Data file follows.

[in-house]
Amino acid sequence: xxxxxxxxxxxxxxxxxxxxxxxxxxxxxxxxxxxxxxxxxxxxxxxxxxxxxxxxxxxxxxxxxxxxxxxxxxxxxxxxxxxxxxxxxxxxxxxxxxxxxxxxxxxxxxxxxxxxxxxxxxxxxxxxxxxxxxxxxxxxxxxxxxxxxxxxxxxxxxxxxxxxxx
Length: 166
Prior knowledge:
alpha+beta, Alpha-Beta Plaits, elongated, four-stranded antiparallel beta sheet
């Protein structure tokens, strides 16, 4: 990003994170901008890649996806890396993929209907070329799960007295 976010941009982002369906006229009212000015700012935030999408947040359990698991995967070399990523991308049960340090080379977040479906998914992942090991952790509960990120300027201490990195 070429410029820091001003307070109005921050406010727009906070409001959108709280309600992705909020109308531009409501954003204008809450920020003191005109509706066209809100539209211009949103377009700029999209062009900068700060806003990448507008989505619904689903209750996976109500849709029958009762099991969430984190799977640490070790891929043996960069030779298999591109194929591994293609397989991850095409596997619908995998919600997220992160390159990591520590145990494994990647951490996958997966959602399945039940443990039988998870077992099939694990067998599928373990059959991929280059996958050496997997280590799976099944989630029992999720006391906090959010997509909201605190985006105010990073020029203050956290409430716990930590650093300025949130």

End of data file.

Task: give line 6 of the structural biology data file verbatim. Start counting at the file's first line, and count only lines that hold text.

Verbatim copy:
């Protein structure tokens, strides 16, 4: 990003994170901008890649996806890396993929209907070329799960007295 976010941009982002369906006229009212000015700012935030999408947040359990698991995967070399990523991308049960340090080379977040479906998914992942090991952790509960990120300027201490990195 070429410029820091001003307070109005921050406010727009906070409001959108709280309600992705909020109308531009409501954003204008809450920020003191005109509706066209809100539209211009949103377009700029999209062009900068700060806003990448507008989505619904689903209750996976109500849709029958009762099991969430984190799977640490070790891929043996960069030779298999591109194929591994293609397989991850095409596997619908995998919600997220992160390159990591520590145990494994990647951490996958997966959602399945039940443990039988998870077992099939694990067998599928373990059959991929280059996958050496997997280590799976099944989630029992999720006391906090959010997509909201605190985006105010990073020029203050956290409430716990930590650093300025949130």